Tip Tuesday: Choosing a lens for beginners

A question I get asked quite often is, “What lens would you recommend?” That’s actually a tough question because the answer depends on so many factors. What type of things will you be primarily shooting (people, landscape, macro, events, etc.)? Where do you do most of your shooting (indoor, outdoor, etc.)? What is your skill level (beginner, semi-pro, pro)? In most cases, those who are asking have just recently purchased or are planning to purchase their first DSLR camera and are wanting the best lens for the most affordable price, so today’s tip is going to be for that audience. Keep in mind that I use only Canon equipment, so my answers are going to be about Canon equipment. I don’t have enough experience with other brands to recommend their products.

The #1 lens I recommend to most beginner photographers is the 50mm 1.8. This lens is often referred to as the “nifty fifty.” It’s super affordable at around $100 and produces sharp, beautiful images (if the photographer uses it correctly!). If you are going to be using your lens for shooting mostly portraits, this is the lens for you. I especially love that it opens up to a 1.8 aperture which is important if you are hoping to produce images with the subject in focus and the rest of the photo a beautiful blur (often referred to as “bokeh”). It’s also great for shooting in low light situations (like in your house). Keep in mind that this is a fixed lens, meaning that it doesn’t zoom. If you want to get closer or further from your subject, you have to move your feet! The plus side to using fixed or prime lens, as it is properly called, is that it tends to produce sharper images than a zoom lens. (Sidenote: I shoot mostly with prime lenses. I have two zoom lenses, which are great, but I LOVE my primes).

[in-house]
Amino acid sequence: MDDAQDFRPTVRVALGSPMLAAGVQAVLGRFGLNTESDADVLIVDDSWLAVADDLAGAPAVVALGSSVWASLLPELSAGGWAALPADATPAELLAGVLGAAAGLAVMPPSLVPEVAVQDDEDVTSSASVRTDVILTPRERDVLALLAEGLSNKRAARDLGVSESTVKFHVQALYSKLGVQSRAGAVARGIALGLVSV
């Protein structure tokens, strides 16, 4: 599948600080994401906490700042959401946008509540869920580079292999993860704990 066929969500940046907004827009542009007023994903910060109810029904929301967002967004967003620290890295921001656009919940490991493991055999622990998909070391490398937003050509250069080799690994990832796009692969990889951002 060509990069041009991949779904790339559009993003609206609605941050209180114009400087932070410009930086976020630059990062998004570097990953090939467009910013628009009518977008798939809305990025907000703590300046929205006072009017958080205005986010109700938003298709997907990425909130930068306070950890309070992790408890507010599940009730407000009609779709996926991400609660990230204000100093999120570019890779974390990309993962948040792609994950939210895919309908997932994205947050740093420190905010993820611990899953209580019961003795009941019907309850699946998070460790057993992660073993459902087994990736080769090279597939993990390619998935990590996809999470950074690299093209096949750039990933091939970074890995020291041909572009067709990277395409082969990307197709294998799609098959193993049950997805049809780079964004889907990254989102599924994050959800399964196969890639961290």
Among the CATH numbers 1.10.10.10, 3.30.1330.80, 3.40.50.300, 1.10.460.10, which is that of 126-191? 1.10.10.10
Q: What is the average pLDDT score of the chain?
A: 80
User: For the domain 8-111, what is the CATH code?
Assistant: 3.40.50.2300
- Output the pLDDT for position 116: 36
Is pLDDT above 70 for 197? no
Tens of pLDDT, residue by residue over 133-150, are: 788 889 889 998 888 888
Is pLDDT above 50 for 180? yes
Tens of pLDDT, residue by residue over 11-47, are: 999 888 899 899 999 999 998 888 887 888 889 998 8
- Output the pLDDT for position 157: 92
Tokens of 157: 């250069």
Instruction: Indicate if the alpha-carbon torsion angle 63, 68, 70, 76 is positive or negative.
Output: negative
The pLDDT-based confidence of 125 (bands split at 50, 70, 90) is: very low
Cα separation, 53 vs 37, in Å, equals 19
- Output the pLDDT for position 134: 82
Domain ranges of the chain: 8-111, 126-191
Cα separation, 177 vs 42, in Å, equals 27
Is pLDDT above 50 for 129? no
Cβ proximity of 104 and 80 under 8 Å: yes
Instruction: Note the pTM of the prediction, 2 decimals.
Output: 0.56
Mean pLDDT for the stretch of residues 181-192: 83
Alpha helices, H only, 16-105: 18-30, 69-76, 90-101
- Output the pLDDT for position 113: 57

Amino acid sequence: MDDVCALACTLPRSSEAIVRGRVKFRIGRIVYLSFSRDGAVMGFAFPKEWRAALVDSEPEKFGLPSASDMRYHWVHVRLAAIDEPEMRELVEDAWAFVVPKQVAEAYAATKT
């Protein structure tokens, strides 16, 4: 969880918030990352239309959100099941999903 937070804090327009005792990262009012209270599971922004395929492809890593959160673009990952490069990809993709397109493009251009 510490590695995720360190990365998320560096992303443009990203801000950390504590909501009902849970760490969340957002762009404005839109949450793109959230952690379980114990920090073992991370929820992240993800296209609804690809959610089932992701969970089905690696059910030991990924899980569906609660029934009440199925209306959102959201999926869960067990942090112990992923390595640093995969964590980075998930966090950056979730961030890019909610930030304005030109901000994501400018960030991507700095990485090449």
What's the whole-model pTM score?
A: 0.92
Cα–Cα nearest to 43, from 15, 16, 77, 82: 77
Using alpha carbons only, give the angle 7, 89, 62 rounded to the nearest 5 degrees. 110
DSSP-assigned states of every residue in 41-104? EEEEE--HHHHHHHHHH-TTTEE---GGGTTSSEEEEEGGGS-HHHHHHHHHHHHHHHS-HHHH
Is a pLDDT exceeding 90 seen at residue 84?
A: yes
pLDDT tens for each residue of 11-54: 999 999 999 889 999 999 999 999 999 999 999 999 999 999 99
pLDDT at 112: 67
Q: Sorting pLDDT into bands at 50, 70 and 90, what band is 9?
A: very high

If you do want a zoom lens, I would recommend the 55-250mm. I have never personally shot with this lens, but it has received great reviews. With such a large focal range, you could use this lens in almost any situation. Keep in mind that you do sacrifice some sharpness and clarity when shooting with a zoom lens, as stated earlier, but it also eliminates the need to carry several lenses at different focal lengths.

One final thought: Don’t expect your images to suddenly be incredible and amazing just because you have nicer gear. The performance of these lenses and your camera is largely dependent on your knowledge of how to use them. Study, take classes, practice, practice, practice, and don’t be afraid to¬†ask questions!

  1. Rachael Charles

    April 10th, 2013 at 2:19 am

    Thank you, Meredith! I was going to ask you about primes, specifically if you thought getting an f1.4 was worth the extra cost over a 1.8. Is there that much of a difference? I’ve had a Nikkor 50mm 1.8 in my Amazon wish list for a little while :-). Keep the tips coming! Love that you’re doing this!

Leave a Reply

Your email address will not be published. Required fields are marked *